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A lively party behind the scenes, too

By MARY EVERTZ

© St. Petersburg Times, published May 25, 2001


Washington's Capitol Hill Club was rocking with Greek food, music and dancing May 16 when U.S. Rep. Mike Bilirakis (R-Tarpon Springs) and his wife, Evelyn, gave their annual party for family, friends and constituents.

Some 300 dropped by for the bash, which was scheduled for two hours but lasted a couple of hours longer once dancing began.

"Even those of Greek heritage who usually avoid participating got into the act," says Kally Harvard, who worked on the party for the twelfth straight year. She flew to Washington the Monday before the Wednesday party to help sister Evelyn. Evelyn, Harvard, their aunt Kally Lulias of Tarpon Springs and Evelyn's longtime friends Tina Wells of DeFuniak Springs and Patsy Woodruffe of Tampa worked for three days in one of the club's kitchens preparing authentic Greek dishes.

The day before the party, Harvard stuffed 2,000 grape leaves before getting a plane back to Tampa. That night, she received the Virginia Lazzara Award for community service from the Junior League of St. Petersburg. The next morning, she took the first plane back to D.C. to resume her kitchen duties.

Her seatmate on the flight back was cousin John Lulias of Tarpon. John, who participates in the Greek dance group Lavendia, flew to Washington to get the dancing going.

Kally Lulias' other son, Archbishop Nikitas Lulias, flew in from Hong Kong. Nikitas is the archbishop of Southeast Asia for the Greek Orthodox Church. Early in Bilirakis' congressional career, his nephew Nikitas served as one of his aides.

Also enjoying the homemade tyropitas and spanakopitas were Greek Ambassador Alexander Philon and Cypriot Ambassador Erato Kozakou-Macoullis.

Will they host party 13? Bilirakis has until next spring to decide if he'll seek re-election.

More to the 'Squalus' story

Last Sunday's NBC movie Submerged, which featured the heroics of Charles B. "Swede" Momsen, had great Tampa Bay area ties. In real life, Momsen, the main character in the movie, was married to the former Anne Irvine of St. Petersburg. After an illustrious naval career, Vice Adm. Momsen and his wife moved to St. Petersburg, where they lived the rest of their lives. Both are deceased.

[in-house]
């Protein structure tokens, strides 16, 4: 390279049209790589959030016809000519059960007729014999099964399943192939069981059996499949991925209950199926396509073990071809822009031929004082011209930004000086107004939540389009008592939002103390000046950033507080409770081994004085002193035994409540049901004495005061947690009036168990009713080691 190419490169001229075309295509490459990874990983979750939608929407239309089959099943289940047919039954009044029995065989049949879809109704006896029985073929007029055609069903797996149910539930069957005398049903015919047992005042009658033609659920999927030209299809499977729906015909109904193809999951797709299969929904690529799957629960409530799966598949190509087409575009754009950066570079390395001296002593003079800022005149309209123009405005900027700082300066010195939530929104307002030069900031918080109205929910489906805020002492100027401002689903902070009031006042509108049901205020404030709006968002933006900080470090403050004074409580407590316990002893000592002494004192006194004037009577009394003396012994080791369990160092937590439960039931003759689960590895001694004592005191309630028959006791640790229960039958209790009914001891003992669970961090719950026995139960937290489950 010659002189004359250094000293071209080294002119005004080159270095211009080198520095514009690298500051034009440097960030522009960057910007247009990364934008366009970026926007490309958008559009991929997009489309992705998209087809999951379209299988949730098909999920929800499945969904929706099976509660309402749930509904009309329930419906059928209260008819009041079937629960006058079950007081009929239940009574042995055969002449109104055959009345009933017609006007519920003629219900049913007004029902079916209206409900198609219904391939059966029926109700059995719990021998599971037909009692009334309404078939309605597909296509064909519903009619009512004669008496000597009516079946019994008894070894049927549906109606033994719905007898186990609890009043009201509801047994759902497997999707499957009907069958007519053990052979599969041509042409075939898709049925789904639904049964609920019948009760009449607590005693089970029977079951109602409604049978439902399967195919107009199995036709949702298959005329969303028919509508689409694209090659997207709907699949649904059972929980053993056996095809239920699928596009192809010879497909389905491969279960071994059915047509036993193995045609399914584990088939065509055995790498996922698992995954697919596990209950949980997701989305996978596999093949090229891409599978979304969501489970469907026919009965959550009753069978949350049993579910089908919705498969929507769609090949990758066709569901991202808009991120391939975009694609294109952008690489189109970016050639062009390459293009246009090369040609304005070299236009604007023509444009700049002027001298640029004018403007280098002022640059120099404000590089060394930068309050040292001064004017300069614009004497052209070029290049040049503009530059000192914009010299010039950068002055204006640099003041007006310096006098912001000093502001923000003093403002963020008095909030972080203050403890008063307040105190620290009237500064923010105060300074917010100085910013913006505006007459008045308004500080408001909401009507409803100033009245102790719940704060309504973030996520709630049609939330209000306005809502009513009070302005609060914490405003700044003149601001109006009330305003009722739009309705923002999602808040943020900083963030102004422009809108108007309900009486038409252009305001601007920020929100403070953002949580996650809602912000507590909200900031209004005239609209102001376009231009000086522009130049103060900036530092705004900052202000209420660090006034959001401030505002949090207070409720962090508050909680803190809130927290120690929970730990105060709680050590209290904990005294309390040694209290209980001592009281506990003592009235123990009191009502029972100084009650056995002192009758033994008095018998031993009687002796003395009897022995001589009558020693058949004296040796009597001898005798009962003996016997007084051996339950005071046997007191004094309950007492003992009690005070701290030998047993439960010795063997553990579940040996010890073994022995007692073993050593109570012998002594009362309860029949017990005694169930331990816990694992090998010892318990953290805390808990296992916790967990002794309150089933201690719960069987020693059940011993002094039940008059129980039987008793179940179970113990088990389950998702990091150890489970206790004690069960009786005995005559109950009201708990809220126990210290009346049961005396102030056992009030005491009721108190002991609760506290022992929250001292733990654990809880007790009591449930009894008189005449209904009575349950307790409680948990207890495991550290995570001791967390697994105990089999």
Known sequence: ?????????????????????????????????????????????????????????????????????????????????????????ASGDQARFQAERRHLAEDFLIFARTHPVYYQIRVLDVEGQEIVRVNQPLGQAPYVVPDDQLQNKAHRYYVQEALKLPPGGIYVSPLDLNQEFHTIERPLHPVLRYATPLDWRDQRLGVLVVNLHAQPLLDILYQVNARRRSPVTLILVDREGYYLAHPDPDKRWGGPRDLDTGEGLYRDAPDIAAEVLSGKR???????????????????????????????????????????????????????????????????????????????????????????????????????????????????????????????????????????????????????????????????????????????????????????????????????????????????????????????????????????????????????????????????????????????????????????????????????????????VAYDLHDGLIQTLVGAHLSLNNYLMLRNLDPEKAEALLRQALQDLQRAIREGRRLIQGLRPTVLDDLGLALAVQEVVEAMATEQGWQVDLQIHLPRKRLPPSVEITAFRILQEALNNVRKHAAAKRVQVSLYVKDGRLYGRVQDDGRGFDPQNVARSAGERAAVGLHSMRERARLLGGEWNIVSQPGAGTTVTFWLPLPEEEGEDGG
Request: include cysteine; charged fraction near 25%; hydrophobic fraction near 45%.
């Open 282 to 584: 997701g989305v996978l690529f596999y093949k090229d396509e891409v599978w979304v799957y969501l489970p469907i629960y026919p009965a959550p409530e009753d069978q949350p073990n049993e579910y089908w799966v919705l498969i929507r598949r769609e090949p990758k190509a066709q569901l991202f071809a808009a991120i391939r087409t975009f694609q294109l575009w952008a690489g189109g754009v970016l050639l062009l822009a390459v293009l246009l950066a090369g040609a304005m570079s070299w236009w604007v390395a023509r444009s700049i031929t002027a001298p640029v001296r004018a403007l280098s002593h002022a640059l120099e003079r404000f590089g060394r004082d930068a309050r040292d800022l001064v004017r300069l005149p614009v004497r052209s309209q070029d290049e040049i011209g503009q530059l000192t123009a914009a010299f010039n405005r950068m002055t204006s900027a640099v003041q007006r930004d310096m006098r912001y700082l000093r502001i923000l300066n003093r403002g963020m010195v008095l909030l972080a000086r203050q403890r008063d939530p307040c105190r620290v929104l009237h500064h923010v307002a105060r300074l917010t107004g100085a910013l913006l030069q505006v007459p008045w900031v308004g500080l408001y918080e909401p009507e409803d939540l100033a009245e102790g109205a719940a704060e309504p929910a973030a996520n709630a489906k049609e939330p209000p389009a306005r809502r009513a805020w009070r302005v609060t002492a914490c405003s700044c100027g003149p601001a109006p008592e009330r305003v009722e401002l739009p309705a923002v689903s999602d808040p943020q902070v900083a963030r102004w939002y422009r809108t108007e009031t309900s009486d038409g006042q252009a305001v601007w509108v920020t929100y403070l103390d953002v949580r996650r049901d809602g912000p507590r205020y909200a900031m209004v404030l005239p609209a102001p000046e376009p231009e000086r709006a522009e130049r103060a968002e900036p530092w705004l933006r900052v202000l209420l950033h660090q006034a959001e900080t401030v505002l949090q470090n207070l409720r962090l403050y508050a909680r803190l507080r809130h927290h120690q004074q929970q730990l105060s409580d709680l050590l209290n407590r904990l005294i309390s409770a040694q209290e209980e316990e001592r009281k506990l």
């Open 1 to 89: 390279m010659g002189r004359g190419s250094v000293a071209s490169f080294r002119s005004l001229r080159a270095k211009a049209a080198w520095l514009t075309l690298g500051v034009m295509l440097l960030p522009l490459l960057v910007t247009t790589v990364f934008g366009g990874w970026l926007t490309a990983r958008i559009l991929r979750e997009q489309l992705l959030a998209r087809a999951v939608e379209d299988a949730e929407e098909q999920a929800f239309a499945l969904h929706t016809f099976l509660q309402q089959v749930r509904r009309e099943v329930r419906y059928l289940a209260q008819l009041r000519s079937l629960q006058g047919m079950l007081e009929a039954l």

Momsen gained international fame after he developed a diving bell, a large, hollow, bell-shaped apparatus used for underwater work. His diving bell brought 33 men to the surface from the sunken submarine Squalus in May 1939.

His Momsen Lung, a personal breathing device for escaping from sunken subs, became the aqualung used by Navy divers. In World War II, he commanded the U.S. Navy's first submarine wolfpack. After the war he led a joint task force in the Pacific nuclear bomb tests.

While the movie showed Momsen as the first Navy man to reach the disabled sub, it was actually another Navy diver who made the the first contact. John "Mike" Mihalowski, who also retired to the Tampa Bay area, had the honor, along with another Navy diver, Bill Badders. Mihalowski and Badders spent 16 hours making elevator-like trips to the bottom. Alternately, one of them would serve as the controller of the bell and the other one would descend into the bell for the actual transfer of the trapped men from their submarine.

Mihalowski and Badders received Medals of Honor for their bravery. After retiring from the Navy, Mihalowski made his home in Largo. He died in 1993.

'16 Magazine' is sweet on a Bush

First Florida family's first son George P. Bush has potential voter appeal. The editors of 16 Magazine have included the younger Bush as a pin-up in its new summer issue. The magazine, by the way, targets women who are not quite old enough to vote.

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